Kijlstra is supplying CSO structures and river outfalls together with large valve chamber’s to framework sewerage contractor NMCNomenca, who are constructing a strategic upgrade of the existing sewer network serving central areas of the historic town, on behalf of Seven Trent Water.
This first phase of the ongoing programme of sewer improvements is valued at £7.6 million and is one of the most extensive and complex sewerage flooding schemes undertaken by Severn Trent and NMCNomenca, as it involves replacing 2.2 kilometres of mainly Victorian sewers through the town centre, reducing the risk of sewer flooding to over 50 properties in the town.
The new design enables the abandonment of four uncontrolled overflow structures, to be replaced by two new screened CSO chambers which will help to improve water quality in the River Leam in high amenity areas.
Seven Trent Water set its supply chain a challenge to achieve 20% efficiencies in the delivery of their AMP5 capital programme. At Leamington, NMCNomenca are managing to achieve this by adopting innovative techniques and materials in the construction of the project.
NMCNomenca Identified that cost and time savings could be achieved by installing precast concrete units in place of the traditional cast in-situ method, NMCNomenca approached Kijlstra at an early stage of the contact to develop bespoke pre-cast options and work with their design team to help manage the process.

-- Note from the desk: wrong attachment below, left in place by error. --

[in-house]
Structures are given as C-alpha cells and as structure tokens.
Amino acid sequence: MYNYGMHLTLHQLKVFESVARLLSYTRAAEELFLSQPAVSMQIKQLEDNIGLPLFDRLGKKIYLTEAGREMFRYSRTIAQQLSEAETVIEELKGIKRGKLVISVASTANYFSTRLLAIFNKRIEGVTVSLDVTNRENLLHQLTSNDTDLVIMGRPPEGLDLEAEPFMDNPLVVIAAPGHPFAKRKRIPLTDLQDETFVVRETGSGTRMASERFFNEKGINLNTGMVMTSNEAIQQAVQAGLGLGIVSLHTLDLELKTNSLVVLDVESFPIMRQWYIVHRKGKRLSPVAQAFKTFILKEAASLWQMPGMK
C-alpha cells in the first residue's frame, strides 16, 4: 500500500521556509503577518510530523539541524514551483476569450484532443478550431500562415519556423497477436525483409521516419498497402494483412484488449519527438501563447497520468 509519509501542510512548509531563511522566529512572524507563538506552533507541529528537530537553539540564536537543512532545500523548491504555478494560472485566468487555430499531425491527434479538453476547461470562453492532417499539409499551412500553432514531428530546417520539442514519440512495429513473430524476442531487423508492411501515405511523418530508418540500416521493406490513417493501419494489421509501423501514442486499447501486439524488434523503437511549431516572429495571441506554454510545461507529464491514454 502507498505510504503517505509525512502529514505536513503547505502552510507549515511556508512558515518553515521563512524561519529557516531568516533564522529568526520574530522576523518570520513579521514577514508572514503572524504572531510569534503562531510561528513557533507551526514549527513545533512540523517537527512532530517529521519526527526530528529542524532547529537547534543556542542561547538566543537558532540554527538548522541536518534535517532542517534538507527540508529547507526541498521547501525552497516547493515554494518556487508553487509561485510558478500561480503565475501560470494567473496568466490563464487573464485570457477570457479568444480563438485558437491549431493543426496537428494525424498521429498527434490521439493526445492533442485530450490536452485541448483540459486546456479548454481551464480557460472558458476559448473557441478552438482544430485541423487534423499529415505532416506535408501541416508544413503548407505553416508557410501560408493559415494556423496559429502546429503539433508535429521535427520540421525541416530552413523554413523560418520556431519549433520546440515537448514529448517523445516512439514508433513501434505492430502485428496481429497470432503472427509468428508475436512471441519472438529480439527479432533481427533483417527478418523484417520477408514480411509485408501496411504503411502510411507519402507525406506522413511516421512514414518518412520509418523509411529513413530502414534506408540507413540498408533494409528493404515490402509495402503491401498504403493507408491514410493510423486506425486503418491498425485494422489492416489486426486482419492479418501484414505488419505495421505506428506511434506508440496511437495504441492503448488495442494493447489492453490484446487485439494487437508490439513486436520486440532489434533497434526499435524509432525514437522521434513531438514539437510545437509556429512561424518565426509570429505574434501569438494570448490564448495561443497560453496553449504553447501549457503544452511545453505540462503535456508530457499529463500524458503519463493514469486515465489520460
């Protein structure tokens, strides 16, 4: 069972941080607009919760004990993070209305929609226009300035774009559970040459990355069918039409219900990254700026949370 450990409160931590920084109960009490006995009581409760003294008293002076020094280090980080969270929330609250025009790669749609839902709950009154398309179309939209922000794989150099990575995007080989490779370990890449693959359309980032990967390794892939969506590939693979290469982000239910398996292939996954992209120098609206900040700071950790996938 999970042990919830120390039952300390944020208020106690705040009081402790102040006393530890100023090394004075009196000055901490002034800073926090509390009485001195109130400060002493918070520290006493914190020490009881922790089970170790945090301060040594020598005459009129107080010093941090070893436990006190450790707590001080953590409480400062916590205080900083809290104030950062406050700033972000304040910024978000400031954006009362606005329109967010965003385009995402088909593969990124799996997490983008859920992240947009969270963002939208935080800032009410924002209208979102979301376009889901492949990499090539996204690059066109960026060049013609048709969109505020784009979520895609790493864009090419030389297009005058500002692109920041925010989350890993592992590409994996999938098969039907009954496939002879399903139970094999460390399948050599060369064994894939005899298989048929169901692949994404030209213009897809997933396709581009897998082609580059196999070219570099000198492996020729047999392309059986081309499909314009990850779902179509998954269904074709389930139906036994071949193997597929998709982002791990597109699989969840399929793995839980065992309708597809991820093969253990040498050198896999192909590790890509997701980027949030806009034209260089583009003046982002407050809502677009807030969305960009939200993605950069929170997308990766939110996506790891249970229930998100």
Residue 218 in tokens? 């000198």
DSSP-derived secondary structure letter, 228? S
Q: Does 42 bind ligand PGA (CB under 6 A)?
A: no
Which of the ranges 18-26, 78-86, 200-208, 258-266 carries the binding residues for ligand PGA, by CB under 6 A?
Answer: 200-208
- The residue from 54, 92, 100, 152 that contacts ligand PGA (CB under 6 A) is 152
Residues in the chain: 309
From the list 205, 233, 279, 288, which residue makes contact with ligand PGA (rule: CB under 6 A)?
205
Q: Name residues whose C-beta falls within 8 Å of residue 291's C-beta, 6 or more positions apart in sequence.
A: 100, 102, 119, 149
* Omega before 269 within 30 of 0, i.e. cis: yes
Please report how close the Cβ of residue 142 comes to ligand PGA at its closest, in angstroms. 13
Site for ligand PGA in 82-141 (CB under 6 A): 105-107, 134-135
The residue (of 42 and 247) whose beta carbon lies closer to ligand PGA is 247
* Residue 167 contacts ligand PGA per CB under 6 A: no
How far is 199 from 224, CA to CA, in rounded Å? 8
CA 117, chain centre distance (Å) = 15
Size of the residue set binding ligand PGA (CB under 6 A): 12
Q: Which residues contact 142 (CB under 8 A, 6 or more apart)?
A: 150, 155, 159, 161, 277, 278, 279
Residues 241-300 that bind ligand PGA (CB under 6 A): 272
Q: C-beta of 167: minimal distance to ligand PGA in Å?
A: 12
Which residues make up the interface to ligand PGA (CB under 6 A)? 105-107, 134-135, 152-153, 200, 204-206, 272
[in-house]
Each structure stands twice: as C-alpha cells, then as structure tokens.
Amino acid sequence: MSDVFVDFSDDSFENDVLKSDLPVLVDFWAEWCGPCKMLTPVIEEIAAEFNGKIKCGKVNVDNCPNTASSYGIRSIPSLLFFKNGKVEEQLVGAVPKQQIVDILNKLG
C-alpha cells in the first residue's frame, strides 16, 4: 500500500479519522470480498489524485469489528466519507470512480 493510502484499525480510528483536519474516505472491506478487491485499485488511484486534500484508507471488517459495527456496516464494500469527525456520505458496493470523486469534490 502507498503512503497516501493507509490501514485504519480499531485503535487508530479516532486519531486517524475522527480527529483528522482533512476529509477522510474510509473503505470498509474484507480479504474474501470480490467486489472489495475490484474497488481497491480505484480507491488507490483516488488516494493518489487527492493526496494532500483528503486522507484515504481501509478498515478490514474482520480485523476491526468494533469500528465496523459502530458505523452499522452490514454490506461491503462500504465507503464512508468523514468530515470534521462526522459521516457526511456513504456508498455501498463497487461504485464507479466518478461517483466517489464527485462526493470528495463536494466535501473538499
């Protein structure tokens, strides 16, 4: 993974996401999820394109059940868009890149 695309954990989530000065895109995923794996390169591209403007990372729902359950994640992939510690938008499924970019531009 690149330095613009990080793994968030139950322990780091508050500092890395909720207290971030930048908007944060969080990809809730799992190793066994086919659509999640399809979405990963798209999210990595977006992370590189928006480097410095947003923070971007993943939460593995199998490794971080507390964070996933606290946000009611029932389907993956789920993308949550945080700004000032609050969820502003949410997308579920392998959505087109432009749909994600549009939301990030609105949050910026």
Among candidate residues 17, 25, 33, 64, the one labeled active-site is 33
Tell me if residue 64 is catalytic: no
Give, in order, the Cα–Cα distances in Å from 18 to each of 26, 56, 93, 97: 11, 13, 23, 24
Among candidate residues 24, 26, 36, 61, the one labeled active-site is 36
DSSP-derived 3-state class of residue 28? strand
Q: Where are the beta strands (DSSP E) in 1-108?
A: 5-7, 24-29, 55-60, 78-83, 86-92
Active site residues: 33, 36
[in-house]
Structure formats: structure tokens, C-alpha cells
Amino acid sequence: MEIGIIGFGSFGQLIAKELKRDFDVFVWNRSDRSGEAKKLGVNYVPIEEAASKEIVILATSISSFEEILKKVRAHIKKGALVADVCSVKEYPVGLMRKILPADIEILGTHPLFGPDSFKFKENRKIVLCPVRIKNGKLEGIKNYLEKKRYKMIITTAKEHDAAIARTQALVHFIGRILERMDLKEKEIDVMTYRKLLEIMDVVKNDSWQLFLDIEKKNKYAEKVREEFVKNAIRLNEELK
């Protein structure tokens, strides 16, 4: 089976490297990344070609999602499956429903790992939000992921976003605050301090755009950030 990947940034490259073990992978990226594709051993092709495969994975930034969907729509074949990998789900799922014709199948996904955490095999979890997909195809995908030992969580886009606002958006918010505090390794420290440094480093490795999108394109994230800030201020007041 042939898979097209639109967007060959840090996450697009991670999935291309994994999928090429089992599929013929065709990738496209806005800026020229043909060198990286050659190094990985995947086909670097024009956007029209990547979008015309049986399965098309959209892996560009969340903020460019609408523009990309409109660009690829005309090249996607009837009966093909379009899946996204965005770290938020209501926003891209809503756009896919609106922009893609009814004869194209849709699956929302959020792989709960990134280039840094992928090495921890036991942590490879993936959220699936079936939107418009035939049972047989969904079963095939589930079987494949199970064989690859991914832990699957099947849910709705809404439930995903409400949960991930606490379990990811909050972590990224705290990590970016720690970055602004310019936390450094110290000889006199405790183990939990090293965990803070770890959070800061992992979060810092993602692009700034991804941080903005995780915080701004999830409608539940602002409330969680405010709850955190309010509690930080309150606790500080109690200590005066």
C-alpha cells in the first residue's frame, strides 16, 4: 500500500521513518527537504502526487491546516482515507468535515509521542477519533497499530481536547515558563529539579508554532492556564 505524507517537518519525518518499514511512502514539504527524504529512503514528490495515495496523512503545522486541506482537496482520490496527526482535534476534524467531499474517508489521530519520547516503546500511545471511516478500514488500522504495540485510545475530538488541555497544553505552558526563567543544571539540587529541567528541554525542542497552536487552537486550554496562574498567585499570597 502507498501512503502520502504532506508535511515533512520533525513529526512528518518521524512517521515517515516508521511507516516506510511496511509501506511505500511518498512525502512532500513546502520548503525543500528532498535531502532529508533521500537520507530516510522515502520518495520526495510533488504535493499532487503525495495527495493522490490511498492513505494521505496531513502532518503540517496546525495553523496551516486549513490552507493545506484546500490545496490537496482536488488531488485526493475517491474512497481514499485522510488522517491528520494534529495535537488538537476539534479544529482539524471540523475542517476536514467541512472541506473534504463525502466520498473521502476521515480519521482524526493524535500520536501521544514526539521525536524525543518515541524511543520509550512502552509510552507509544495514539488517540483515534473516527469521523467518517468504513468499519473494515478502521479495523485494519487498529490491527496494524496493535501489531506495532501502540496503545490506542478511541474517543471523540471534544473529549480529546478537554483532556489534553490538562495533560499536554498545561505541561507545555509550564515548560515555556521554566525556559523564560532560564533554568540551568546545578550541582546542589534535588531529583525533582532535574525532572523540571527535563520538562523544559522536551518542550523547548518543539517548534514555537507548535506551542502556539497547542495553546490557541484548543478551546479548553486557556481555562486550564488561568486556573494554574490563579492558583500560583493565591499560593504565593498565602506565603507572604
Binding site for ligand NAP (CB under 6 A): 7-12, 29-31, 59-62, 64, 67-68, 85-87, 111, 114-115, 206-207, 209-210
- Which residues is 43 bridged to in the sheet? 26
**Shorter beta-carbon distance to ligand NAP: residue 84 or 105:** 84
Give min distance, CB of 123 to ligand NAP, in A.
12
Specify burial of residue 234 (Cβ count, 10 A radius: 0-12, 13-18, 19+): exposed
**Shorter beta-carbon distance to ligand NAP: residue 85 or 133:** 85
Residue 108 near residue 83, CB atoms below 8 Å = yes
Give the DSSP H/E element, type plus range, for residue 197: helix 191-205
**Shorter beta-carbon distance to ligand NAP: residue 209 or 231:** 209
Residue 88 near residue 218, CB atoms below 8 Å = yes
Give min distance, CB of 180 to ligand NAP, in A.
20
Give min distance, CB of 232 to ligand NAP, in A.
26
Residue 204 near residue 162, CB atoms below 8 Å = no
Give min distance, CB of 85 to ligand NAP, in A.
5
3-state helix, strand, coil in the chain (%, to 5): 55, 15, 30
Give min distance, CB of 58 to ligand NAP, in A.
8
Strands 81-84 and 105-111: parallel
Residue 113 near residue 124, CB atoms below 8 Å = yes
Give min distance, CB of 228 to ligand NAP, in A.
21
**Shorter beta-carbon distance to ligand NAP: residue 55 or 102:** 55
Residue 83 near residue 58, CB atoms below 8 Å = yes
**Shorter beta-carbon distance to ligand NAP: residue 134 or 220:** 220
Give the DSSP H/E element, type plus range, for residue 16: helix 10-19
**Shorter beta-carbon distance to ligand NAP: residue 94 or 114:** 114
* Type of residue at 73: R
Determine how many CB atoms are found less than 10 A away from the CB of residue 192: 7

Geoff Hancock, site manager for NMCNomenca said “As part of the project we had to construct two river outfalls which can only be accessed by closing off local footpaths and in area where you are mixing concrete close to a river, it can easily pollute. We eliminated this risk.
Following the success of the outfalls NMCNomenca opted for Kijlstra’s pre fabricated CSO structures together with a large valve chamber. By adopting these solutions the time for completing this part of the project was reduced from five to only two weeks using these innovative technologies
“Although a lot of these works were carried out during the winter months when temperatures were too low to undertake normal in-situ construction our programme was unaffected says Mr Hancock. “The quality was also important, these precast products are manufactured in factory conditions so the finish we get would be very difficult to achieve using traditional methods.”
NMCNomenca estimate that the use of Kijlstra pre-cast structures has provided up to 80% programme reductions compared with traditional construction methods. This was achieved by using simple repetitive designs for connections between the precast panels and the in-situ base, ensuring that no shuttering was required during the installation phase.
The project is being undertaken over eight phases and is due for completion in spring 2012.